1. Hello Josh,
    It’s great to see another post from you. Your presence has been missed. I can painfully relate how life happens and doesn’t always go an according to plan, and am sorry to hear you went through some challenging times.

    Please do continue to take things one step at a time, and take care always. Wishing you a safe and healthy, happy new year.

    Liked by 3 people

    1. Thanks Takami, it’s great to hear from you! It was certainly disappointing to walk away from the Ph.D. program, but I think it was for the best. I’d been trying to do too much for too long, and it finally caught up with me.

      I’m wishing you a great new year, too!

      Liked by 1 person

  2. I am so sorry that you experienced such stress Josh. It is disgusting how one must often become impoverished to receive a higher education in our country. I have hopes that your decision was a sound one, and that as this door closes, other, better ones, will open for you. I wish you ✨ Happiness in The New Year!

    Liked by 2 people

    1. I appreciate your understanding, Cindy. I’ve made myself impoverished several times before, mostly for service projects, and this time I wasn’t willing to go back to that lifestyle. There were other factors that led to my decision to withdraw, but many of them were related to not having enough money.

      I hope that this decision was a sound one, too. It was my only realistic option, but it still doesn’t feel good to make such a drastic choice.

      Happy new year, to you, too!


  3. I echo these previous comments, always enjoy seeing your writing and appreciate you reading mine. It sucks to have to go thru poverty in order to study something you’re interested in, but it sounds like it was a move you needed to make right now. You’ll find your way in time, I’m sure, and even if it’s not the route you’d wanted, I hope things work out for the best for you.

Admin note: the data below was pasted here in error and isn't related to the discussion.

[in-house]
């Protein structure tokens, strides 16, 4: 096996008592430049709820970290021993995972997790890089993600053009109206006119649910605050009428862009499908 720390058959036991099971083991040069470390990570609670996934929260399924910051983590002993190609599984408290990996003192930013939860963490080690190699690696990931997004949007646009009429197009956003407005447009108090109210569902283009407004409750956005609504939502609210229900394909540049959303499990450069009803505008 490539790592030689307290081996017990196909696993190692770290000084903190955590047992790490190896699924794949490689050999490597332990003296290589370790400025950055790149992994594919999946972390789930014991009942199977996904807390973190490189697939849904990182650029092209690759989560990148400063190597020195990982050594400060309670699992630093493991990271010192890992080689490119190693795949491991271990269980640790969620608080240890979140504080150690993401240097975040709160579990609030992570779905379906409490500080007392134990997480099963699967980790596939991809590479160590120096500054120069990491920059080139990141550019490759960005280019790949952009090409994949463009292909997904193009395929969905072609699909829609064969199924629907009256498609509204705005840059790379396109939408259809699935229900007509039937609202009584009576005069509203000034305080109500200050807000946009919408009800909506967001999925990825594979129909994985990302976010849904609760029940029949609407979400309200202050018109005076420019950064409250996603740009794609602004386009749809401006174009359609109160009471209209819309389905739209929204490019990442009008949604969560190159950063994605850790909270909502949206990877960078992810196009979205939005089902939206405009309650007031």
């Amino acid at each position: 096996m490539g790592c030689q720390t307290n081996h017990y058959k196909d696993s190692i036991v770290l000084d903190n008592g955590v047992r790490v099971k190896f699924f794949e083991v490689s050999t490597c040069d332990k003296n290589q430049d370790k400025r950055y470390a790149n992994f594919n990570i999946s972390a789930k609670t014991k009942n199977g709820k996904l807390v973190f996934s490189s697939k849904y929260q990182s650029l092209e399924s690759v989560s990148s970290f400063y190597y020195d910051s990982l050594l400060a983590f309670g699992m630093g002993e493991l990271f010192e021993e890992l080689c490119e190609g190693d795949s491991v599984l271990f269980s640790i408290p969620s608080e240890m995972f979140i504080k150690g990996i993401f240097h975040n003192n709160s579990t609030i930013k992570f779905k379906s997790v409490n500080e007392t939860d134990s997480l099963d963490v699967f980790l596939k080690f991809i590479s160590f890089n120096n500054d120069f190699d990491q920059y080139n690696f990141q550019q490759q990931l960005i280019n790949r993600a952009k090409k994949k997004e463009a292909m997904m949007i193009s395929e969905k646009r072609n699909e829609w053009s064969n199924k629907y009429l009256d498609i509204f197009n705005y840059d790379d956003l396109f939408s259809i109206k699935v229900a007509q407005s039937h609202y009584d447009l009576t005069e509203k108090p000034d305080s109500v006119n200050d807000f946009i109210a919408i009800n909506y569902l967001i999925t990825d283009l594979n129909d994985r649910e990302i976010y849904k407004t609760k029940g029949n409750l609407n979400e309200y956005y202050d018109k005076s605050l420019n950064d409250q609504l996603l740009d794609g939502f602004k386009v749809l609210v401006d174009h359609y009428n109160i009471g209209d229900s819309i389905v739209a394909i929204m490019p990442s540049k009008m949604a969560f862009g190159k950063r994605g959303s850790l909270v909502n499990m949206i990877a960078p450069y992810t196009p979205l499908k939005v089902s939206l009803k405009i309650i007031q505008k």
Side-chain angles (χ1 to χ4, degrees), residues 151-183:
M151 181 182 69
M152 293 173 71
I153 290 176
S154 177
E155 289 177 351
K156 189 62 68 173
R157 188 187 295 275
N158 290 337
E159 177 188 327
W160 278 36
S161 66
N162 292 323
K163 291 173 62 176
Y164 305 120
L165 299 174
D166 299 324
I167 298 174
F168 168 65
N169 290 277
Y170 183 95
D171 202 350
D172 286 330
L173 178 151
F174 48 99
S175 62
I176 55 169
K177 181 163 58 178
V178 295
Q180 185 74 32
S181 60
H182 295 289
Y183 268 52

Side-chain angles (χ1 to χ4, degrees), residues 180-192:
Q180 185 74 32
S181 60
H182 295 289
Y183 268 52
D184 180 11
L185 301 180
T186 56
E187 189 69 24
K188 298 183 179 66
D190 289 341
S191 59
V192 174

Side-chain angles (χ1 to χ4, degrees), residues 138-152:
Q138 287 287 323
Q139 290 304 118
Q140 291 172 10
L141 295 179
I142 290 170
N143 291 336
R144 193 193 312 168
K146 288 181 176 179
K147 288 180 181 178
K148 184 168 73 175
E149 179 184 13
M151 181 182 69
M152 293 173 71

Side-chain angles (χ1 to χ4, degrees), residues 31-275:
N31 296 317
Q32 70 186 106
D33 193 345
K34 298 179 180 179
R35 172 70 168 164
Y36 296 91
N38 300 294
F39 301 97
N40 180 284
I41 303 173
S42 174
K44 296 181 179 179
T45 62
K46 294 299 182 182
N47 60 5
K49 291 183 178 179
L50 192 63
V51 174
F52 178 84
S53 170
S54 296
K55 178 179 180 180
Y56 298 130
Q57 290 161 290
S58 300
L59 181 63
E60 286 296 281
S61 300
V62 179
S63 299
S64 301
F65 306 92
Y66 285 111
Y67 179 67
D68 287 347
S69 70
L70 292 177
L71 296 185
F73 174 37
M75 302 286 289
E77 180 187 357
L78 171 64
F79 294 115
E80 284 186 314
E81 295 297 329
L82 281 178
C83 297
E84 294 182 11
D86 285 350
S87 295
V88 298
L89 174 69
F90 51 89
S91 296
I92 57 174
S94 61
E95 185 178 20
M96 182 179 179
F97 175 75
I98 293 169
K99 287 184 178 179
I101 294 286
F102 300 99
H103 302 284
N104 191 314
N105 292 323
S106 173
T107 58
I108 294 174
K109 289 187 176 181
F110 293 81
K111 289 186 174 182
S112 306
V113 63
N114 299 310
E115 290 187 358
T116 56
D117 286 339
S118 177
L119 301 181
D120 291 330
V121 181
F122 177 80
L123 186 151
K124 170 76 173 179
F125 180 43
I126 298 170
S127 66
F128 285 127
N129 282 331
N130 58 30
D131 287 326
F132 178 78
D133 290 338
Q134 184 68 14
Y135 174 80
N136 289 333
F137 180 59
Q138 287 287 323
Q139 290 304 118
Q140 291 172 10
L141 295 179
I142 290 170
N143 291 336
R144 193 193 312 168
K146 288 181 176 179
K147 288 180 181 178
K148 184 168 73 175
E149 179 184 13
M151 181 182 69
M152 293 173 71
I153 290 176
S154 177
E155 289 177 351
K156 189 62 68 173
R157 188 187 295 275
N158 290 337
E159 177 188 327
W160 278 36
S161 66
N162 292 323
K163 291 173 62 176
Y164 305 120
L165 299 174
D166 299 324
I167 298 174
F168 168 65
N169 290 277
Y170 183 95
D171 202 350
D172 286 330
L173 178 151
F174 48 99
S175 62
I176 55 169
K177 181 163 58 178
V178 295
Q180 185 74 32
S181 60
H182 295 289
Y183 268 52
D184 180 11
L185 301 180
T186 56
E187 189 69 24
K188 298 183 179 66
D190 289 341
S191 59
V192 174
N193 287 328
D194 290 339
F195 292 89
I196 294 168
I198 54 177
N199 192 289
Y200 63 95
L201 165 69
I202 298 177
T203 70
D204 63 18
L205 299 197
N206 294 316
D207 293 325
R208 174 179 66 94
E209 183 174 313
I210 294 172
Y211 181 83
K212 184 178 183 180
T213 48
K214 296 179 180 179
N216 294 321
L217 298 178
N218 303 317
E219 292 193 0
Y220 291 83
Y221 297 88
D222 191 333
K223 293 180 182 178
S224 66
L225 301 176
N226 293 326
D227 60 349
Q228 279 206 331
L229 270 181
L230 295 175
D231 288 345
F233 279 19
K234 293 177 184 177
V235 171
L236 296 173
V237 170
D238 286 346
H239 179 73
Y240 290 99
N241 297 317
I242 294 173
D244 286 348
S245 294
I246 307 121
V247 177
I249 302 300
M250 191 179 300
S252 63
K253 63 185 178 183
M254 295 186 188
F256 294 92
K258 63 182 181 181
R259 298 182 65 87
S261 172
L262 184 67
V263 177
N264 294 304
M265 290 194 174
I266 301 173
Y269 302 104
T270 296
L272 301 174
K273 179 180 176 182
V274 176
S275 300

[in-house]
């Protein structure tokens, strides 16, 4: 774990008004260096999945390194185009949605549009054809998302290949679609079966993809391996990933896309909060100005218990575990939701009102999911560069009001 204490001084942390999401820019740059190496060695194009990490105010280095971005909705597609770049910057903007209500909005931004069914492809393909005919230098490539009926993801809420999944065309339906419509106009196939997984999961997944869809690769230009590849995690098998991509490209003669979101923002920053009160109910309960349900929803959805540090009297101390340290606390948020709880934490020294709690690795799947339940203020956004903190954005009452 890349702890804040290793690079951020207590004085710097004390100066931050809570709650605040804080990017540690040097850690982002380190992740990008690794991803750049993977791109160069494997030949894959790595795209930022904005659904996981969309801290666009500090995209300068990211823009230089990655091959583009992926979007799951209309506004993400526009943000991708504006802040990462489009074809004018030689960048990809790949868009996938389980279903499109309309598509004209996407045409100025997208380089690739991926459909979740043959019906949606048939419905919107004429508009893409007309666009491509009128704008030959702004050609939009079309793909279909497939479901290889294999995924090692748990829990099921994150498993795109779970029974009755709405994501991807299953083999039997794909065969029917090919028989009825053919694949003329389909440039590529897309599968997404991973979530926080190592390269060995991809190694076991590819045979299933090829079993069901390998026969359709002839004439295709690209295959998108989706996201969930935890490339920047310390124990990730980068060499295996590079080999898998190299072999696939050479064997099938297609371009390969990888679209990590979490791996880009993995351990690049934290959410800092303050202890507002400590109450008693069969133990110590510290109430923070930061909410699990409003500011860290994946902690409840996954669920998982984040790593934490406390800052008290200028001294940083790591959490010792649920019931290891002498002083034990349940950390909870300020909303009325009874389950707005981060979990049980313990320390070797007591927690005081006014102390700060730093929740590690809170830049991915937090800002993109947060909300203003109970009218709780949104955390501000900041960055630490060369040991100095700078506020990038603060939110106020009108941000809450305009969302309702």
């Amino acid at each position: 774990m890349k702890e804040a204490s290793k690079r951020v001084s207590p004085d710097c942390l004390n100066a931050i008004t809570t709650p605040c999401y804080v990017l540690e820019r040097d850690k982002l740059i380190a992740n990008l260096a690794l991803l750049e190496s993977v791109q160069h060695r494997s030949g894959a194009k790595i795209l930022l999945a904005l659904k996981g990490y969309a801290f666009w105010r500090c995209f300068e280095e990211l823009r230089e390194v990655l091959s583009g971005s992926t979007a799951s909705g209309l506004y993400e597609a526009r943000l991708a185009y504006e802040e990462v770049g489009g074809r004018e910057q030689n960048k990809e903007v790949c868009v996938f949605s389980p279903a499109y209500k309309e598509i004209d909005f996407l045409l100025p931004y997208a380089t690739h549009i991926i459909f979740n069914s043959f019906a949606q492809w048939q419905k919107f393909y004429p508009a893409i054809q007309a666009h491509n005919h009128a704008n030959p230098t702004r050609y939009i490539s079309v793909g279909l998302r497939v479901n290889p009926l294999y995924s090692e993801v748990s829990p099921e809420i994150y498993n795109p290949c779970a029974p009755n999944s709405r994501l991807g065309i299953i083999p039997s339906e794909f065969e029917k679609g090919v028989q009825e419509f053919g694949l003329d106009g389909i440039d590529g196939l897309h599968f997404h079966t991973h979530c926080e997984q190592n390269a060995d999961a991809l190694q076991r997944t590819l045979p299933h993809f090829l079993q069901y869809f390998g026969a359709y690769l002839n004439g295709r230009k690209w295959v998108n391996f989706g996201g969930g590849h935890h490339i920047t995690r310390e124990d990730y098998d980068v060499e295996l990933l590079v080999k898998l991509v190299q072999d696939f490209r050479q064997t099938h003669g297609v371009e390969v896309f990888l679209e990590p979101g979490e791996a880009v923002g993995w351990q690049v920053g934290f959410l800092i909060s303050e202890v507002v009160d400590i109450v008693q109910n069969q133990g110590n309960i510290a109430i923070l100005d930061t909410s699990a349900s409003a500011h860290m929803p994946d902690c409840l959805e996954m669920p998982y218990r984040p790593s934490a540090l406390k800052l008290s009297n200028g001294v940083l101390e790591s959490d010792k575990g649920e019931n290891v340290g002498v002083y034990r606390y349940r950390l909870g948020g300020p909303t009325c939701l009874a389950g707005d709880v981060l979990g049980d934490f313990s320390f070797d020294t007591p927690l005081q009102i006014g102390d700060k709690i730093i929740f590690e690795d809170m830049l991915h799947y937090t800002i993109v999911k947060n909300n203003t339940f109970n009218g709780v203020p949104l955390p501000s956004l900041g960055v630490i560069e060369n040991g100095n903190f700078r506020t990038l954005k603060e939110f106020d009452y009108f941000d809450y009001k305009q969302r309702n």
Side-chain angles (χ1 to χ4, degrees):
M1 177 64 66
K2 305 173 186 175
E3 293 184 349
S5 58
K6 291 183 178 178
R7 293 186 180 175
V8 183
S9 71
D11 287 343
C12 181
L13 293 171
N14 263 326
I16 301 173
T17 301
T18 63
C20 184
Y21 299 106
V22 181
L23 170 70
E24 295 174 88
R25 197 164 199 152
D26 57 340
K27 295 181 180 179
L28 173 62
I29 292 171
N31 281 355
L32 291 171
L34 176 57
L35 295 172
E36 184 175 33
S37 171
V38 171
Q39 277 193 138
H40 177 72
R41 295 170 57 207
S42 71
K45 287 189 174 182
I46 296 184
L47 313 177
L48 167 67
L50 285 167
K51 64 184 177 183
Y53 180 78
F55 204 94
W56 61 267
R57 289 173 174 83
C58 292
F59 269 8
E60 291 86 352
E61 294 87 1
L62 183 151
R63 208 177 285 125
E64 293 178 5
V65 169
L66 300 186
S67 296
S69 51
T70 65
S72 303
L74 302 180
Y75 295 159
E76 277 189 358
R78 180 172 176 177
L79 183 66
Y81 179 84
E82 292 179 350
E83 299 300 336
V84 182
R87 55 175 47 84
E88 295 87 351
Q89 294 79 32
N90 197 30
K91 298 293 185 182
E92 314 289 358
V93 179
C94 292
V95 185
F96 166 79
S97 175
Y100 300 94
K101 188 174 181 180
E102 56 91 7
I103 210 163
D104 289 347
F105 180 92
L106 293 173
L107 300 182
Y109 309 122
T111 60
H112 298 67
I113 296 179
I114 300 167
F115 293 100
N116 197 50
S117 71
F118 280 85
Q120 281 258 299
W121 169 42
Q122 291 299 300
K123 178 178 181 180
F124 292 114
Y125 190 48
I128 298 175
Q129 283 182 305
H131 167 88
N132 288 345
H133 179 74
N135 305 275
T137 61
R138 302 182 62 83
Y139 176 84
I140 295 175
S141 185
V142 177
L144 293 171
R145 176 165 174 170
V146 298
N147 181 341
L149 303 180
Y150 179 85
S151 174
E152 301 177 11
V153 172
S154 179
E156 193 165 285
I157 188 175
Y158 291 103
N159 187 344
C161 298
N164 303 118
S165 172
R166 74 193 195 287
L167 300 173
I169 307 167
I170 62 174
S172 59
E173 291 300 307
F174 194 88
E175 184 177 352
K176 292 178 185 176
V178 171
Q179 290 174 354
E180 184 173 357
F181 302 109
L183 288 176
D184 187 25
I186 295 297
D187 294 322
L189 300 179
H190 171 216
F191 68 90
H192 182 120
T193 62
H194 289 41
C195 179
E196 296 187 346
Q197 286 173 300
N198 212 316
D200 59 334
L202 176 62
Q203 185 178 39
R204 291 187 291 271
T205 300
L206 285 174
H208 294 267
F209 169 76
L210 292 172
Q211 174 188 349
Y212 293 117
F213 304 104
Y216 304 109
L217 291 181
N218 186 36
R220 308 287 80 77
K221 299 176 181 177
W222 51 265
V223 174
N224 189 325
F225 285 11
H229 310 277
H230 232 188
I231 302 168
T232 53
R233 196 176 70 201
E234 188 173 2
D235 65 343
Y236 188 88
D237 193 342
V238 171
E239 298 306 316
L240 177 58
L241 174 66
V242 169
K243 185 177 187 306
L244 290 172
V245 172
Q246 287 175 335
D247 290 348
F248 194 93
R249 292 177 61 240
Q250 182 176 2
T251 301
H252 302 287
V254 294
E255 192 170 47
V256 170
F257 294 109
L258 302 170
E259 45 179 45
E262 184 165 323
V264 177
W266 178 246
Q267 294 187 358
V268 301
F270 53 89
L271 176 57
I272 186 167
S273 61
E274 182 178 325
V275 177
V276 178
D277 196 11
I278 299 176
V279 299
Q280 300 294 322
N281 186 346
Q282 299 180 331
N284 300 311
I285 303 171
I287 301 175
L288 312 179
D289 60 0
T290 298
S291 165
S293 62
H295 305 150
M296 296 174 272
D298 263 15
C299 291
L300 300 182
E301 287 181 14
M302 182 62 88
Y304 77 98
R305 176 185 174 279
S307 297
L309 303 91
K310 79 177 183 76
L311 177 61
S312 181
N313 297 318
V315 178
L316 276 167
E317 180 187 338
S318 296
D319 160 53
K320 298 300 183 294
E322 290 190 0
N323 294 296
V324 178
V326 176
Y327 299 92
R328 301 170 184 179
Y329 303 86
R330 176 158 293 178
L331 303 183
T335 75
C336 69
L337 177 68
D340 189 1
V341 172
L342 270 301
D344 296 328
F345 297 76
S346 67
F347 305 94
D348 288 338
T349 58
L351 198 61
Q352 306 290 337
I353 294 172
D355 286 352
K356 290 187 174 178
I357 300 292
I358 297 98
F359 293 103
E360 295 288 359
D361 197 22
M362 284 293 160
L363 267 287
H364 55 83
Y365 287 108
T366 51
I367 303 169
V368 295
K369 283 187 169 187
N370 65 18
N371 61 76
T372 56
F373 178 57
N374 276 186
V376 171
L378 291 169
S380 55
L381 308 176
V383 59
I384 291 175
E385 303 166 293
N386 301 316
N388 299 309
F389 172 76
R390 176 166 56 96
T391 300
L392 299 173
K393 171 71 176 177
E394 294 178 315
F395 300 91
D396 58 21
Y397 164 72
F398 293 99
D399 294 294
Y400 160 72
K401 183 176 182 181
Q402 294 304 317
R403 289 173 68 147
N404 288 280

A piece of advice a writer gave me years ago: never give up writing! Ever! if you need to take a break, fine, but there’s a reason you were drawn to it, and you’ll figure things out as you work thru these big life changes. I always struggle with the desire to pursue more lucrative writing as well as the blog, or give up the blog entirely because it doesn’t pay, but it gives me great pleasure to write and I appreciate the freedom of choosing whatever subject I want. Take good care and I look forward to more posts!

    Liked by 2 people

    1. Hi Irene, and thanks for your comment. I’ve put myself through poverty (according to some standards) many times before, but this time I wasn’t willing to go back to that. Now that I’ve been out of school for a few weeks, I’m realizing that leaving was the only realistic option for me. Oh well.

      Yes, I’m much healthier when I’m writing regularly. I also struggle with what to do with blogging, as you know, but for now I’ll use it as a personal creative space while I learn more about the business side of the internet/writing.

      I’m glad that you’re still blogging though, since it’s good to come back and see some familiar faces.

      Liked by 1 person

  4. Happy New Year Josh
    Glad to see you back on these streets on a regular tip.
    Thought this site was on its way to the delete button glad you still around and working on getting it back to good ranking.
    Looking forward to catching up on the Colorado adventures and on to the next adventure that follows
    All the best

    Liked by 1 person

    1. Happy New Year to you too, Beaton!

      I thought this site was on the way to the delete button, but fate intervened. The marketing company reached out to me as my PhD was falling apart, which I took as a sign to get the blog up and running again. We’ll see what happens 🤞

      Liked by 1 person